We see this in everything: sports, politics, relationships, science, and the daily routines of life. And to one degree or another, these causes will all leave their mark, even if the “effect” is lost in history. We, as Orthodox Christians, see our whole existence affected by the divine cause, the love of the Father for humanity, through the Son and by the Holy Spirit: a life in the Holy Trinity.
The Lord acts to save us, and no matter how broken and sinful we might be, His love breaks through time and space to heal, and reclaim us from evil and death. This is the divine act; the ultimate “cause” meant to “affect” a humanity that having turned its back on God chose death and not life. It is the Incarnation of our Lord and God and Saviour Jesus Christ, “the beginning of our Salvation, the revelation of the eternal mystery…” (Troparion of the Annunciation)
By the Lord’s saving Incarnation, He becomes like us in every way, except sin. And by this profound demonstration of love, the divine “cause”, He affects every aspect of life: love, relationships, and work. Jesus Christ takes that mortal and finite matter of our nature and creation, assumes it totally without confusion, and makes it and creation holy as the Lord is holy. At His glorious Ascension, He brings it into eternity to reign at the right hand of the Father, and He pours out His Spirit on all flesh at His Pentecost.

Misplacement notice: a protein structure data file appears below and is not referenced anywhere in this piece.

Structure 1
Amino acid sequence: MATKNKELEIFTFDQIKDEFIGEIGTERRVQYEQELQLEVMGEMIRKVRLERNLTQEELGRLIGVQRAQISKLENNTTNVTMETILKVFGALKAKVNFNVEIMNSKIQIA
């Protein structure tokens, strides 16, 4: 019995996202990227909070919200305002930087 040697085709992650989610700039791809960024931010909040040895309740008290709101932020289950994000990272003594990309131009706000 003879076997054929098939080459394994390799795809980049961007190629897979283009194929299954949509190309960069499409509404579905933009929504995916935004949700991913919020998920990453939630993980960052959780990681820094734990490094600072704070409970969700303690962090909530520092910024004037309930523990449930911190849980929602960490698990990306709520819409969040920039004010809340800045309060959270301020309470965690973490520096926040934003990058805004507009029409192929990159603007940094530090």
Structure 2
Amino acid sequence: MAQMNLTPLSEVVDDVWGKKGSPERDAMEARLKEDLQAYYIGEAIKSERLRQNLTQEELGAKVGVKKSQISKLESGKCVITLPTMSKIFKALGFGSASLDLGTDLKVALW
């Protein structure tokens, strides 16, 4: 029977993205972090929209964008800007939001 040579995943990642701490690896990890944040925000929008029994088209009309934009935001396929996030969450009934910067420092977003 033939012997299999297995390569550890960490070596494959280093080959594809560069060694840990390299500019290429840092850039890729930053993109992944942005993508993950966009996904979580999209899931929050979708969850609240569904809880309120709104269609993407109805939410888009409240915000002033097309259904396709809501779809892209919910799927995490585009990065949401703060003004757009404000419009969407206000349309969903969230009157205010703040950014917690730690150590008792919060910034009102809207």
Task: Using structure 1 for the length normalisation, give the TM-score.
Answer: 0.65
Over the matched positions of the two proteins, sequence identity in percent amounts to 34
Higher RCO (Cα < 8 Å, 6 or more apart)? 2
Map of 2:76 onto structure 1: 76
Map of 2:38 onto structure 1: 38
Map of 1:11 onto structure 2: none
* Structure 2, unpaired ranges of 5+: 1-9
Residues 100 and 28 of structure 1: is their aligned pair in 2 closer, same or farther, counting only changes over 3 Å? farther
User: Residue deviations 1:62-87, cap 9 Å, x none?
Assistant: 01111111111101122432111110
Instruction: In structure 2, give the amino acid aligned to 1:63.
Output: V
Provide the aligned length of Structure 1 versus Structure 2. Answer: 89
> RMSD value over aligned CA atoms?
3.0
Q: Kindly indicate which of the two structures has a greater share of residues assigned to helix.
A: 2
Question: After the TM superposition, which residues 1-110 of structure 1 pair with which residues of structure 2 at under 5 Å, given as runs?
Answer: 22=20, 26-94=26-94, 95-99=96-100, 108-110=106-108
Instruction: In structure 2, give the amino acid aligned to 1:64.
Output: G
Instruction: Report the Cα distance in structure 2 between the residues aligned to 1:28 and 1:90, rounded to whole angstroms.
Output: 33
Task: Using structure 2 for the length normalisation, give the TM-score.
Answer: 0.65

Yet, despite the profound ramifications of the blessed event of the Incarnation, we find ourselves inclined to make inert and limited the totality of this event. We tend to do this the moment it interferes with what we think the “effect” should be (or more to the point, what we want to be affected).
It is a blessing that as we consider the Incarnation in the feast of the Annunciation of Gabriel to the Virgin Mary, we find ourselves in the midst of Great Lent, preparing for the Lord’s saving passion, death, and resurrection on the third day.
Great Lent is a season during which, through increased fasting, praying, reading of the scriptures, almsgiving and good works, we strive to put our trust in God. Commending to Him our brokenness, passions, fears, and anxieties. All those things that inhibit our relationship with the Lord of Glory, so that we can realize the divine effect of a life in Christ.
The effect of that love is real, divine and eternal, changing our body and soul together. This love is offered eternally by a God who loved us first. This is the divine cause for which on bended knee we offer thanksgiving.